I love book clubs and have been a member of one myself. I would love to come and visit your book club either virtually or physically (in the Sacramento/Foothills area).
Connect with me through Novel Network:
All book club scheduling is done via Novel Network. This is a free service that arranges a 30-minute online visit either by FaceTime, Skype, or phone. The visit is free and so is your membership. There is, however, a small fee for longer, one-hour online and/or in-person visits. Please click here to sign up for your Novel Network membership and to request an in-person or online visit to your book club.
The Bereaved comes out in August, and the launch party is days away. I wanted to share some fun stuff with you. For one, there’s a Goodreads Giveaway going now through the end of the month. (Click the link there to enter.) No charge to enter, of course. Don’t be silly. Of course I want you to win a copy!
Then there’s The Bereaved book trailer. I’m working on posting it to the site here; it goes live on Friday on social media. Which, by the way, for me now is mostly Facebook, Instagram, and Threads, although I am definitely on TikTok, and I have a toe in the water at Spoutible and Post, and my old account still lingering on Twitter, aka X. Follow the links on the main page to find me!
The Bereaved book trailer:
And then there’s just the joy of holding the book and seeing friends reading or receiving their books. This makes me so very happy.
Thanks, Simi, Ann, Laura, Lisa, Dad and Glenn!
Not to go bonkers here, but it’s all part of the book release, marketing and all that. More to come! Stay tuned.
Four women with extensive book world experience have launched Sibylline Press, which will focus on publishing “the brilliant works of women authors over the age of 50,” including memoirs, narrative nonfiction and fiction. Sibylline Press will release six books in fall 2023 and six in spring 2024 and will be distributed to the trade by Publishers Group West. The company also has an unusual publishing model, which involves Sibylline authors being deeply involved in the promotion of their books and other Sibylline titles.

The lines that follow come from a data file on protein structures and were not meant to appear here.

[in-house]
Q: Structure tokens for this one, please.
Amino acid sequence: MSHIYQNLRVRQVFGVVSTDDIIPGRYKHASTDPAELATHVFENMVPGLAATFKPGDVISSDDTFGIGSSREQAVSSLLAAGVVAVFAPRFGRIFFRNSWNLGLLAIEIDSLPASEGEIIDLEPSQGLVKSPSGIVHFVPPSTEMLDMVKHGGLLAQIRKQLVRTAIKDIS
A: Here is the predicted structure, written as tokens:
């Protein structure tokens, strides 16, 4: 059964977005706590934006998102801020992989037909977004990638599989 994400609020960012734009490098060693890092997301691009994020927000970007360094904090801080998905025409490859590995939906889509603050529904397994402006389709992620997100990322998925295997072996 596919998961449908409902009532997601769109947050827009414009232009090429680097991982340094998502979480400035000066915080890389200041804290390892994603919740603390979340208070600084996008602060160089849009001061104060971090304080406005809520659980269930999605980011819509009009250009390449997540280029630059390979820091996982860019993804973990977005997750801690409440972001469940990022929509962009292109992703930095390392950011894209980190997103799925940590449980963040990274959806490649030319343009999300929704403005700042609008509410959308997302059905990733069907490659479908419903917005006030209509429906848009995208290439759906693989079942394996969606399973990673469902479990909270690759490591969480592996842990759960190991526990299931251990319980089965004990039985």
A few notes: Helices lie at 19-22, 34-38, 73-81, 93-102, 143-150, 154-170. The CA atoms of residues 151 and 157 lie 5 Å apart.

The Sibylline founders are:
Publisher Vicki DeArmon, who has a publishing, bookselling and entrepreneurial background that includes founding Foghorn Press at age 25. (Foghorn was distributed by PGW.) After 13 years, she sold Foghorn to Avalon Books, now part of Hachette Book Group. She was also marketing and events director of Copperfield’s Books in Northern California for eight years, and has consulted to California independent bookstores, creating the “Everyone Gets a Book” holiday program that is still used by the California Independent Booksellers Alliance (CALIBA).
Rights and special sales director Anna Termine, who has worked in both trade and academic publishing for more than 30 years, specializing in rights and licensing. Termine and DeArmon established the Independent Travel Publishers Association together 35 years ago.
Design director Alicia Feltman, who is a web designer for the American Booksellers Association’s IndieCommerce platform and CALIBA as well as for Copperfield’s, where she worked with DeArmon on various projects.
Under the Sibylline publishing model, authors of all of a season’s titles will participate in shared tours, advertising and a promotional strategy that “celebrates the brilliance of women over 50.” Authors will contribute to the marketing budget and receive a generous royalty until their contribution is paid back at which time the royalty returns to a traditional one.
DeArmon commented: “We are a traditional publisher. But even as a traditional publisher, we’re pushing against some long-held lines, giving our authors unheard of support and access. We believe that the better an author understands the industry, the better she can work within it and with us to achieve success for her book.”
Sibylline Press’s Fall list includes three memoirs and two works of historical fiction and one mystery series:
These Broken Roads: Scammed and Vindicated: One Woman’s Story by Donna Hayes, the memoir of a Jamaican immigrant who gets scammed and robbed of her life’s savings by the “love of her life” met on an online dating site, but overcomes hardships to find success.
Becoming Maeve: Coming Out in Corporate America by Maeve DuVally, the memoir of coming out transgender in one of the most high-profile financial institutions in the U.S.
Reading Jane by Susannah Kennedy. After the suicide of her domineering mother, the author discovers diaries spanning 45 years that challenge and upend long-held truths in this memoir.